The federal trial of a Samoan couple residing in Utah, accused in a fraud scheme where they are accused of stealing millions, is now continued to early next year, after the defense request was approved last week by U.S District Court Judge Howard C. Nielson, Jr.
Samoa News reports this is the fourth continuation of the trial for Misiona Patane, 57 — a.k.a, Papalii Patane, a.k.a, Junior Patane — and his wife, Lavinia Patane, 54 — a.k.a Lavinia Tuiatua.
The couple is accused of defrauding one set of victims out of $1.25 million dollars, along with a related scheme to defraud a “vulnerable adult” out of $2.4 million.
According to the indictment, Misiona and Lavinia Patane are charged with two counts of bank fraud and three counts of money laundering, while Misiona Patane is separately charged with four counts of wire fraud, six counts of aggravated identity theft, and one count of kidnapping. (See Samoa News edition Jan. 10, 2022 for details.)
The request for continuation of trial was made by attorneys’ representing Misiona Patane, who remains in custody since his arrest last year, while his wife — who is not in custody and has not indicated any opposition to the requested continuance.
In granting the defense motion on Oct. 14, Judge Nielson observed that Misiona Patane is detained and agrees the proposed continuance is necessary and that the defense will not be hindered or prejudiced by the delay. Additionally, the federal prosecutor does not object to the continuance.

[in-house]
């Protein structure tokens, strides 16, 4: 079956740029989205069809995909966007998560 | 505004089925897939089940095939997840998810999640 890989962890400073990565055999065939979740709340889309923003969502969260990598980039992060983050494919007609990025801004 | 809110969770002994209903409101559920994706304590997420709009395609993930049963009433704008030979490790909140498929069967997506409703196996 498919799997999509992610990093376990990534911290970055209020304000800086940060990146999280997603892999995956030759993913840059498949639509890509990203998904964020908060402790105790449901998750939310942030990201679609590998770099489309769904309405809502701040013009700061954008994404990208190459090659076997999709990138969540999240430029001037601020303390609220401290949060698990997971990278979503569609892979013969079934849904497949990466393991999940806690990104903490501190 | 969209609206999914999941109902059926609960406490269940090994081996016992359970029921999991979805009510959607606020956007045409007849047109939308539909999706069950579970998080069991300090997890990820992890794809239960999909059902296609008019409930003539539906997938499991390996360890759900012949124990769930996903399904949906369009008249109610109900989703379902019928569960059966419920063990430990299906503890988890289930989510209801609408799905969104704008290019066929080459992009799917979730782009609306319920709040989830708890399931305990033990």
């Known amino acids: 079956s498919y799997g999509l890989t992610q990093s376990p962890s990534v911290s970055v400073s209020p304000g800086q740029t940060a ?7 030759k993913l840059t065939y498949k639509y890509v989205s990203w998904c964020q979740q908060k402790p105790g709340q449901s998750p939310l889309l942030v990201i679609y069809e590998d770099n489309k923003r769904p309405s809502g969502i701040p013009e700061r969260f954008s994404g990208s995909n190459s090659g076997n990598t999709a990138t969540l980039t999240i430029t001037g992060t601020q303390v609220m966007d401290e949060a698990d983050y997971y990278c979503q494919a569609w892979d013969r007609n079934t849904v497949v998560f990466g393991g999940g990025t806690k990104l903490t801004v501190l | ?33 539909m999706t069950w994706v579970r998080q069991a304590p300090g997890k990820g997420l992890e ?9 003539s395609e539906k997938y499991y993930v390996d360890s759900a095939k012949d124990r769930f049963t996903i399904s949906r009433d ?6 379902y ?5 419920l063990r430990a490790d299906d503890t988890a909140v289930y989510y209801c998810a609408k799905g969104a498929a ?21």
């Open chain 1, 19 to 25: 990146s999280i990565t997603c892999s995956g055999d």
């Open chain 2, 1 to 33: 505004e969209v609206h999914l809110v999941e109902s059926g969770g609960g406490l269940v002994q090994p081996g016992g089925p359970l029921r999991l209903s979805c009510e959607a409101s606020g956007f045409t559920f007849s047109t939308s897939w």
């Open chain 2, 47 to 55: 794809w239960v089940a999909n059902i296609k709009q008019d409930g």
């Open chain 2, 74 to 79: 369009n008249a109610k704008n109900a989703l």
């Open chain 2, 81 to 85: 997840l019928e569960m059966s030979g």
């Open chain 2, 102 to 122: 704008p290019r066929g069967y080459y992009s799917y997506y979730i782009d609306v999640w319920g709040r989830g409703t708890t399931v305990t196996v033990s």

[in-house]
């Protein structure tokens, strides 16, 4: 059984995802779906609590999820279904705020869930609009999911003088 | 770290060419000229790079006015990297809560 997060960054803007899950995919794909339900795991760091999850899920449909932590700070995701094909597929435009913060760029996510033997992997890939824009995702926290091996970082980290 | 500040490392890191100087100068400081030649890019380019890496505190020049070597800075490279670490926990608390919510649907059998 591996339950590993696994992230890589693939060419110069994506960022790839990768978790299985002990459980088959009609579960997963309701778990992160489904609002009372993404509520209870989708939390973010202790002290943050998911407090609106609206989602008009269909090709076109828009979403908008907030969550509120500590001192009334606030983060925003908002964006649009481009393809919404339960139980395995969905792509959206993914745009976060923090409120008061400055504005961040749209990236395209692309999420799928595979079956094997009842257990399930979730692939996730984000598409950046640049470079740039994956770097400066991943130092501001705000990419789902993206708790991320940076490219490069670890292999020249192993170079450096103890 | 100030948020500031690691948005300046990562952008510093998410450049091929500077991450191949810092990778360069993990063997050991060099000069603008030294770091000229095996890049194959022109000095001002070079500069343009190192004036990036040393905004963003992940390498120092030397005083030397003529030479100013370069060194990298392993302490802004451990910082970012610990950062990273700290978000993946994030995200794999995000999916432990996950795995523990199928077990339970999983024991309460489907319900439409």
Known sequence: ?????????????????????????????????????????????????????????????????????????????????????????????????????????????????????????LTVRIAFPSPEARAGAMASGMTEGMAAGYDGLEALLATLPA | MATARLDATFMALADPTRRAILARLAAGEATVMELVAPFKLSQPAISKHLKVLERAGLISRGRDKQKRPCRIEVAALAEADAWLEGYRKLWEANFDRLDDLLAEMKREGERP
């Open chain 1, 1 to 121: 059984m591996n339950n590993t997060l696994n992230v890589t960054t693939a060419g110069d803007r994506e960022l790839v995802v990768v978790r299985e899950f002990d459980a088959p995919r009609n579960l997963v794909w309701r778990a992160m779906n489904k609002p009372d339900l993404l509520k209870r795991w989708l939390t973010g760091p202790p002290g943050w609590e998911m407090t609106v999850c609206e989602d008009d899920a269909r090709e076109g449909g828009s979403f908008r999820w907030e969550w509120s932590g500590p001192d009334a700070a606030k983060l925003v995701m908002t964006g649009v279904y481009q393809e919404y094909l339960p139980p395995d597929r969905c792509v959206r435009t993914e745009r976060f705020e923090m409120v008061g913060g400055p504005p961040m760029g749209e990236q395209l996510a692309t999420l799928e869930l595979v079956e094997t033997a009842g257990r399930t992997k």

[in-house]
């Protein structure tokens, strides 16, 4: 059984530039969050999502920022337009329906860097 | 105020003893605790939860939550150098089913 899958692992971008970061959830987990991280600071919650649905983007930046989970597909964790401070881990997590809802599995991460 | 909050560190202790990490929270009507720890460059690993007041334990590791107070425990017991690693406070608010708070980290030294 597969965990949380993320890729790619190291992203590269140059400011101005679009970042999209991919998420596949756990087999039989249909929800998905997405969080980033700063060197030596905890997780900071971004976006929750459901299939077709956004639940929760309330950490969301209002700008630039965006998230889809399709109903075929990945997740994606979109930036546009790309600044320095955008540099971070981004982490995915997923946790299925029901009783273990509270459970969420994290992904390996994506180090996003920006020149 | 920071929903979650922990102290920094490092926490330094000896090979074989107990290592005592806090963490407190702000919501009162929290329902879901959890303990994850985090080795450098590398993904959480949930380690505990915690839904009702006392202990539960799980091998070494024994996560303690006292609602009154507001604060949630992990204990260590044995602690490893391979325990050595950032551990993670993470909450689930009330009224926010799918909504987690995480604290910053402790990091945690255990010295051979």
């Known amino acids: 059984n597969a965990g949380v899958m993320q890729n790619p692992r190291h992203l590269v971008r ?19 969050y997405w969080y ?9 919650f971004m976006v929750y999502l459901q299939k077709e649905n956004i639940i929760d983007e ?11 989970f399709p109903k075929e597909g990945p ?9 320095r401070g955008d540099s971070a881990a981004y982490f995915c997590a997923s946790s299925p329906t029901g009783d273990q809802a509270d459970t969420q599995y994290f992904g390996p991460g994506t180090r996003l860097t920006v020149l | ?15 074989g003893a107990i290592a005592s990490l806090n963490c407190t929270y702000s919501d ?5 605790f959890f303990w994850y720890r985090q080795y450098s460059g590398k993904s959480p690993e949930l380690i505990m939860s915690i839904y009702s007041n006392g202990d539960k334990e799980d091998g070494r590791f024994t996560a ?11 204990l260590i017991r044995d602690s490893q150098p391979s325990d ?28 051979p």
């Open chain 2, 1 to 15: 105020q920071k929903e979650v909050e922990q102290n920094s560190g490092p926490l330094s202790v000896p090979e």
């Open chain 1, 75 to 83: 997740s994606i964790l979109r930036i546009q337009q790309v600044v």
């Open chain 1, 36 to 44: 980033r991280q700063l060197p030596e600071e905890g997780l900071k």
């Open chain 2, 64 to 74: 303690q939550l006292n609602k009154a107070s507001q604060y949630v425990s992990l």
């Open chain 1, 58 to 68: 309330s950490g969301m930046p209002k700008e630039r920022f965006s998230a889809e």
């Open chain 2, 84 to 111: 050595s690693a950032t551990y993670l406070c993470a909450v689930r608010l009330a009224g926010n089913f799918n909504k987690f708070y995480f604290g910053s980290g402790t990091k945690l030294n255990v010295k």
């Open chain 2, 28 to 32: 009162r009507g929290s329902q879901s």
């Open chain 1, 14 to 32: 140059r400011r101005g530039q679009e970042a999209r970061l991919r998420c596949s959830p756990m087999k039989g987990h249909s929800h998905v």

“The ends of justice support the requested delay” of trial from Nov. 07 this year to Mar. 07 of next year, the judge said in the three-page decision, which also states that the defense counsel has reviewed some of the discovery documents received from the government.
However, due to the voluminous nature of the discovery, defense counsel needs additional time to carefully review the evidence, the decision says. The defense also believes that more evidence is forthcoming.
“Defense counsel and his investigator need the additional time to interview potential witnesses and confer with Mr. Patane regarding potential motions to file in this case,” the judge said. “The continuance is necessary to give Mr. Patane’s counsel the reasonable time necessary for effective trial preparation, taking into account the exercise of due diligence.”
Since Samoa News first reported on this case early this year, there remains a lot of local and off-island interest — especially in Utah and Hawaii — on the outcome of the case.